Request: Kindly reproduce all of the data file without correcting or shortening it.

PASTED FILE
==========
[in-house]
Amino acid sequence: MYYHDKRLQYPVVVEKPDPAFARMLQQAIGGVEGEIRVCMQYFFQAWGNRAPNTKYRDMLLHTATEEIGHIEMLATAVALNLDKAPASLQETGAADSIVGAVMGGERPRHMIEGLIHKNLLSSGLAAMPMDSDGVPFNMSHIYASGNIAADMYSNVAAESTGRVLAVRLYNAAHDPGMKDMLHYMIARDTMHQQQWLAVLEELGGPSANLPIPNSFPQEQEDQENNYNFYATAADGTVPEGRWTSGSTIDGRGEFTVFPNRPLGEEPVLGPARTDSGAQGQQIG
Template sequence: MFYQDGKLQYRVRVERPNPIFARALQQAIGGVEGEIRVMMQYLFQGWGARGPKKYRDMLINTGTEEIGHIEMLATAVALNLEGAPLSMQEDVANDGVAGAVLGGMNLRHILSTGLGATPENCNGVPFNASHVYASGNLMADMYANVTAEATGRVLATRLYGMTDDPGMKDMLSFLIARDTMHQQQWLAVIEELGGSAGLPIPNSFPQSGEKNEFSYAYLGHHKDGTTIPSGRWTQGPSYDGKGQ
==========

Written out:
[in-house]
Amino acid sequence: MYYHDKRLQYPVVVEKPDPAFARMLQQAIGGVEGEIRVCMQYFFQAWGNRAPNTKYRDMLLHTATEEIGHIEMLATAVALNLDKAPASLQETGAADSIVGAVMGGERPRHMIEGLIHKNLLSSGLAAMPMDSDGVPFNMSHIYASGNIAADMYSNVAAESTGRVLAVRLYNAAHDPGMKDMLHYMIARDTMHQQQWLAVLEELGGPSANLPIPNSFPQEQEDQENNYNFYATAADGTVPEGRWTSGSTIDGRGEFTVFPNRPLGEEPVLGPARTDSGAQGQQIG
Template sequence: MFYQDGKLQYRVRVERPNPIFARALQQAIGGVEGEIRVMMQYLFQGWGARGPKKYRDMLINTGTEEIGHIEMLATAVALNLEGAPLSMQEDVANDGVAGAVLGGMNLRHILSTGLGATPENCNGVPFNASHVYASGNLMADMYANVTAEATGRVLATRLYGMTDDPGMKDMLSFLIARDTMHQQQWLAVIEELGGSAGLPIPNSFPQSGEKNEFSYAYLGHHKDGTTIPSGRWTQGPSYDGKGQ